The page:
There are two cities named Caesarea in the Holy Land. One is called Caesarea Philippi. The other Caesarea is on the Mediterranean and is given the added name Maritima. This Caesarea was our first stop once we had rested and begun our tour. Here Herod built a magnificent Roman City complete with a grand theater for the thousands of Roman troops stationed there. There was also a great Hippodrome for horse and chariot races and other gladiator type events. Herod built an artificial harbor there by literally extending a man made peninsula into the sea. All of these structures and more are still visible and bear testimony to the truly cosmopolitan realities of the time of Jesus. Jesus may have been born off the beaten path, but the world was at his doorstep through the ever widening influence of Rome. Greek culture flourished in Caesarea, and for that matter, throughout the area of Galilee where Jesus grew up. Of particular interest in Caesarea was Herod’s magnificent palace. This would be the palace where Pontius Pilate lived most of his time in the Holy Land. He would go to Jerusalem at times when a Roman presence seemed necessary. This palace was immense. It had its own Roman bath and an indoor swimming pool. The remains of the structure may still be seen extending on a man made pier out into the Mediterranean. The palace had a large hall for meetings of state and holding cells for special prisoners, the most famous of which would be the Apostle Paul. As we stood looking down on the ruins, I shared a meditation on how Paul had appealed to Caesar and waited in the structure below us for his journey to Rome. I mentioned how vital this time was to the writing of his prison epistles. Scholars debate which of the prison epistles were written here rather than Rome. It is firmly believed that he could have guests and continue ministry while imprisoned there. Without the letters of Paul’s imprisonment our New Testament would be missing vital teachings. These letters are made up of Ephesians, Colossians, Philippians, and Philemon. Though it is debated as to the exact origin of the letters from either Caesarea or Rome, the main point is that even Paul’s imprisonment bore Spiritual fruit. Likewise our own times of trial should yield a special fruit of faithfulness. Sometimes much of our best thinking and work comes in times of affliction. It was in an imprisonment experience that Paul exclaimed, “Rejoice in the Lord always! I say it again, rejoice!” (Philippians 4:4)
We should also remember that Cornelius was a Roman soldier stationed in Caesarea when Peter was led supernaturally to share the gospel with him and others. Their conversion opened the door of salvation to the Gentiles. This important event was a harbinger of our own salvation and the world wide impact of the gospel of Jesus Christ.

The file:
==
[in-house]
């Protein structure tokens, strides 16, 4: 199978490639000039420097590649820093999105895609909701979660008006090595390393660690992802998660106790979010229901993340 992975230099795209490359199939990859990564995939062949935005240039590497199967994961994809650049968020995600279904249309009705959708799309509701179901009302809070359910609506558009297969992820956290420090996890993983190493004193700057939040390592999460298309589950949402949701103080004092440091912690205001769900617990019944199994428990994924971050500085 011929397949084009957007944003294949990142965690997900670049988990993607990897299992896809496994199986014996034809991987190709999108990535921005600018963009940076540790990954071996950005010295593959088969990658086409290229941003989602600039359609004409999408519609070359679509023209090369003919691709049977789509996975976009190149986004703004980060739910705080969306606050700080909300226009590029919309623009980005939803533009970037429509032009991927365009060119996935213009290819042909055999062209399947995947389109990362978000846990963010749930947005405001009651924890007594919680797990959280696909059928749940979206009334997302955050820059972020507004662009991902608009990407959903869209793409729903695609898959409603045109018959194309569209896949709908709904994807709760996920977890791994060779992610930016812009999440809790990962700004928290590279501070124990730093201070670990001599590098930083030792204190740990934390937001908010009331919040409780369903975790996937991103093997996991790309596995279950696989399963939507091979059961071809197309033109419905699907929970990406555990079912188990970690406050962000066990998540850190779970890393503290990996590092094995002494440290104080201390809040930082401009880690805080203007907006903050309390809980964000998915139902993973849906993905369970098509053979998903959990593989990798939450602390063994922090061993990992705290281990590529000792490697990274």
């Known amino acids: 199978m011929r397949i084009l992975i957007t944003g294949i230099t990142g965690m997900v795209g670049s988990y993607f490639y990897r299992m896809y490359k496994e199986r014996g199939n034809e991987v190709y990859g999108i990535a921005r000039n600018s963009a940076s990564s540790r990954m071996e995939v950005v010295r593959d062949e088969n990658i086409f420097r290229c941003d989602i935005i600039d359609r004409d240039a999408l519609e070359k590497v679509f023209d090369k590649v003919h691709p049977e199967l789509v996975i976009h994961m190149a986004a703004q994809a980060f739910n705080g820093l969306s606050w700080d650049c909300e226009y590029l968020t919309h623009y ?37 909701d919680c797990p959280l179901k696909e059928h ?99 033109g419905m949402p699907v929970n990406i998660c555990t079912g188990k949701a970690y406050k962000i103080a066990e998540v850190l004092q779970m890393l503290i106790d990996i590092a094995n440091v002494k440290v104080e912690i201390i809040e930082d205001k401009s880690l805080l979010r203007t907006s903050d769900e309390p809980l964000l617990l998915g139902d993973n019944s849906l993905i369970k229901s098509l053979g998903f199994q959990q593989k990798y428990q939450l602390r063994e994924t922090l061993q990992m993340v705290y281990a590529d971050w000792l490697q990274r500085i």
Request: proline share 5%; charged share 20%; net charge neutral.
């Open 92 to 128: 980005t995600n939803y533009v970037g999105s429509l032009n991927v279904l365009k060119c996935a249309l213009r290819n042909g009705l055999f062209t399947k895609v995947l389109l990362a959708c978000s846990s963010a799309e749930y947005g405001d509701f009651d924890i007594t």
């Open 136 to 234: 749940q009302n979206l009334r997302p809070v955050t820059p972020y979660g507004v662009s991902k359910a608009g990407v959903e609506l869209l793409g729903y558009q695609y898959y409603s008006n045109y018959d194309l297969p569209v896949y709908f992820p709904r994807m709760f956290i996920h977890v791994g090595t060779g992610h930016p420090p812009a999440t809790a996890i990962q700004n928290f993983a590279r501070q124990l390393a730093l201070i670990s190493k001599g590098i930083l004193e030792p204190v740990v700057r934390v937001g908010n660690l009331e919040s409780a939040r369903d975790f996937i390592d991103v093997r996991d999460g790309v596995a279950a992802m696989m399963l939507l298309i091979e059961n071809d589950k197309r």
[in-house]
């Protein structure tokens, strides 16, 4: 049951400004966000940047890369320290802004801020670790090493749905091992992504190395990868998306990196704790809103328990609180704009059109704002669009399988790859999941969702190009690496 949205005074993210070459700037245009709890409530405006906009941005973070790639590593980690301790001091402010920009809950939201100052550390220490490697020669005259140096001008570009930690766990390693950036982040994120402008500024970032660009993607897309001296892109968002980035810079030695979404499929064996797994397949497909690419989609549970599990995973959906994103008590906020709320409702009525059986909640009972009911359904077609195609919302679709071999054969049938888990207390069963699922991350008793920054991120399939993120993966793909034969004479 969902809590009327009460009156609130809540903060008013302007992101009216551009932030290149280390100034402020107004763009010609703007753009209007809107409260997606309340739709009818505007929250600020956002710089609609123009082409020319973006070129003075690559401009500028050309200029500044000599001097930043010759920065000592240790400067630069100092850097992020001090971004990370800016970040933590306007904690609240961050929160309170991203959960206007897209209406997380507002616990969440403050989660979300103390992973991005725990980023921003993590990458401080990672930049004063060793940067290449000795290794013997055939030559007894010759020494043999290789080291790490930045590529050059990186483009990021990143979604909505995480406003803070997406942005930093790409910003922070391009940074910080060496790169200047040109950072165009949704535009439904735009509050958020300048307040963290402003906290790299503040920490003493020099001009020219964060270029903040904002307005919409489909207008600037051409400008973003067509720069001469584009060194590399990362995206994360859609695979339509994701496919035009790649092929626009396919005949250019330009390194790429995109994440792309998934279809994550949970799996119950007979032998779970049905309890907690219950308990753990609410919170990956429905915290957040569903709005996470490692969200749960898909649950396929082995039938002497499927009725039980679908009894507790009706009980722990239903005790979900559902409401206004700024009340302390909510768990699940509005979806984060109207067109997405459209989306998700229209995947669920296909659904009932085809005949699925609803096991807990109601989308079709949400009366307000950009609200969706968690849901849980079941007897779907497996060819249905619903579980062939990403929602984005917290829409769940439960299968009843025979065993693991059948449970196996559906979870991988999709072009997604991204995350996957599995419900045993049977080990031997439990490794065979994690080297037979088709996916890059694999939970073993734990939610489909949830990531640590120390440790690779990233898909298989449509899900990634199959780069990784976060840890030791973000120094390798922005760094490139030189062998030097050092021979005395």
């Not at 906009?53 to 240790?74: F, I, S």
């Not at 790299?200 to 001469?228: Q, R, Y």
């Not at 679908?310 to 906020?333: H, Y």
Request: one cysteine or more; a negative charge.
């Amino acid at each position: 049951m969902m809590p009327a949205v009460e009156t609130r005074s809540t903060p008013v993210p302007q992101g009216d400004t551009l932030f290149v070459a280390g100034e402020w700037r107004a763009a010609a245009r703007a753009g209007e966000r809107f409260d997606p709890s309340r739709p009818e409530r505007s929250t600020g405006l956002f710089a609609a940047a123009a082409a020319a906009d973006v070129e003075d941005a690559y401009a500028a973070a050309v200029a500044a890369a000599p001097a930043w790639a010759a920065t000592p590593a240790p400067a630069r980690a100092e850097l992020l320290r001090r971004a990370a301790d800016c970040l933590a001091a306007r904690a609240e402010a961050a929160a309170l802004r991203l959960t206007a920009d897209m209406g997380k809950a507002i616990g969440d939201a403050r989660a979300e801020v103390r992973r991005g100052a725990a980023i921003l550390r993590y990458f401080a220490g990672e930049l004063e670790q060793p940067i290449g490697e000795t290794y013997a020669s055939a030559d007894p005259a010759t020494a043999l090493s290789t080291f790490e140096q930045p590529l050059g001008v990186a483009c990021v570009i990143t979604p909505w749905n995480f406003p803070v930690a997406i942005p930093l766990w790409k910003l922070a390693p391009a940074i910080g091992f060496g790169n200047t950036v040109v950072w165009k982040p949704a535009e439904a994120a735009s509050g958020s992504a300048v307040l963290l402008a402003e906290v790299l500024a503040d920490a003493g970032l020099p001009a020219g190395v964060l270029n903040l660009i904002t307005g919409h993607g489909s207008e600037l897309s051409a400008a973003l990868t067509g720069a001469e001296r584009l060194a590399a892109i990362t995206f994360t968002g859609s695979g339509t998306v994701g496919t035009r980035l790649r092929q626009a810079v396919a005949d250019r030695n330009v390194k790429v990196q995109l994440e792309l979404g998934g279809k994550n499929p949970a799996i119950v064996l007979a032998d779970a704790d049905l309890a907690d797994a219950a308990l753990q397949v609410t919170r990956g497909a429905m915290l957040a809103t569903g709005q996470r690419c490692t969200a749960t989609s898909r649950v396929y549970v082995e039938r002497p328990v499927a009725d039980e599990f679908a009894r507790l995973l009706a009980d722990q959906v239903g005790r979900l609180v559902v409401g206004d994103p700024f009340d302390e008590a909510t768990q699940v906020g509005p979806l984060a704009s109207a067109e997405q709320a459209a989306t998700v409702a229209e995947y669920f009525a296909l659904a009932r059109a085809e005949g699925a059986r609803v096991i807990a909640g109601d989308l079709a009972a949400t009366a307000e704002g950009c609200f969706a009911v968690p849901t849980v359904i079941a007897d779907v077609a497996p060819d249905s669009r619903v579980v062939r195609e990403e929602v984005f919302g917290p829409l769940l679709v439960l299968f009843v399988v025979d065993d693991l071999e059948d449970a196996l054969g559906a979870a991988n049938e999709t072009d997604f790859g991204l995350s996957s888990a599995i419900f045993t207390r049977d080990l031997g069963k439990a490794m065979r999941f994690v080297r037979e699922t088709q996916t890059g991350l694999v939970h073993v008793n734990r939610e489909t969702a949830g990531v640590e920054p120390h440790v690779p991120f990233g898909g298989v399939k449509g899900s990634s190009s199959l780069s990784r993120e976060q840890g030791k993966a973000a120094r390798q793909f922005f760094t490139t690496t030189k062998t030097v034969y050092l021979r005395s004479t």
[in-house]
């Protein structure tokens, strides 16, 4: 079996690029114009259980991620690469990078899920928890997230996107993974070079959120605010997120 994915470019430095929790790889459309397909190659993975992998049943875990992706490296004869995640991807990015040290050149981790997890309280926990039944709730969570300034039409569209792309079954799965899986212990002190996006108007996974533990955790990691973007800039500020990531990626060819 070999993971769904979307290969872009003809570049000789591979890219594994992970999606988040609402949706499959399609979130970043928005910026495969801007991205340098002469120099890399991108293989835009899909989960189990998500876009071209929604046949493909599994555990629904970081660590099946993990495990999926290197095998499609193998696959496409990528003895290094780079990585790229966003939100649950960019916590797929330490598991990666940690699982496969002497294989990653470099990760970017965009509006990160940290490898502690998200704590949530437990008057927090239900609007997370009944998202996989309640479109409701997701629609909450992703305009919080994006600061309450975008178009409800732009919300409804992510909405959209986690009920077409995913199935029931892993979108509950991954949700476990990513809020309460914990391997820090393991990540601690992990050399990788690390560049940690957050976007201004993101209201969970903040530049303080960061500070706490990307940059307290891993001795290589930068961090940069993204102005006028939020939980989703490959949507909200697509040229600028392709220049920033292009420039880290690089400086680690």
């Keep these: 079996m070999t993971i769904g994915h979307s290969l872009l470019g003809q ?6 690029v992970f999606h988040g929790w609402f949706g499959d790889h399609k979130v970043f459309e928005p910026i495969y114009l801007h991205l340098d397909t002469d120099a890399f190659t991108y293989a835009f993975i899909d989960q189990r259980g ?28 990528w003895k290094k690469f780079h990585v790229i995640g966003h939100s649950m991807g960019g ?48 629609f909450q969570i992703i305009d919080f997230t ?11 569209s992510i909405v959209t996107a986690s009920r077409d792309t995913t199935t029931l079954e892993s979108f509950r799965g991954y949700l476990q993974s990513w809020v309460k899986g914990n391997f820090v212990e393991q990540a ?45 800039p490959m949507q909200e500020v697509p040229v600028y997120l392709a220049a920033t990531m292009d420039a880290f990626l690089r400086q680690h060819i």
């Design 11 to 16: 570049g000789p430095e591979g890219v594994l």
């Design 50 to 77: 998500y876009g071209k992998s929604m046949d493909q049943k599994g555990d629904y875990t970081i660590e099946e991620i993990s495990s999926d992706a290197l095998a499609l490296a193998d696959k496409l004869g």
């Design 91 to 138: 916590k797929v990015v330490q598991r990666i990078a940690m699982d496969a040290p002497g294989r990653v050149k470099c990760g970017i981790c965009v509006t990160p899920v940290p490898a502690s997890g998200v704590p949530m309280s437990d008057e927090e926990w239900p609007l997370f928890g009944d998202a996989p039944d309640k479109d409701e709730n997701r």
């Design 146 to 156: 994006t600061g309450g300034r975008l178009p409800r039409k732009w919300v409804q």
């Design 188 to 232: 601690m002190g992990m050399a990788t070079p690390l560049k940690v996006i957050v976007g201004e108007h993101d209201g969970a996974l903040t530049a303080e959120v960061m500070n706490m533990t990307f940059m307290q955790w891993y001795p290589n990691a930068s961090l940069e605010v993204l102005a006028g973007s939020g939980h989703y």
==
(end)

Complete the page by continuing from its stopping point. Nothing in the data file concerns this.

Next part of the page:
Even though it was my first trip to Israel, it seemed as if I had been there a thousand times in my imagination. Reading the Bible will never be the same again. Getting to stand in places where key events occurred and share from God’s Word was unforgettable. Our faith is firmly rooted in history. Even those who do not follow Jesus are keenly aware of the key events in his life and gladly show you the places where he walked. I will spend the rest of my life with a new and fresh perspective of the Land where Jesus lived.
These days it is becoming rather unfashionable to actually mention your denomination. Let me clearly say that the denomination is never as important as what is believed by those who are part of it. However, there are some beliefs that arose from Scripture that everyone who attends or belongs to a Baptist church should be aware of. Let me list them.
1. The Bible is the only authority for faith and practice.
Though all Christians honor the bible, Baptists are among those who literally have no authority, council, leader, or sage that directs what they believe or do other than the words of Scripture. This allows us to adjust if we find that we have developed a tradition not well supported by Scripture. It also allows us to make practical modifications in how we practice our faith so long as the practice is in accordance with and not contrary to what we see in the Word.
2. The Church is composed of baptized believers only.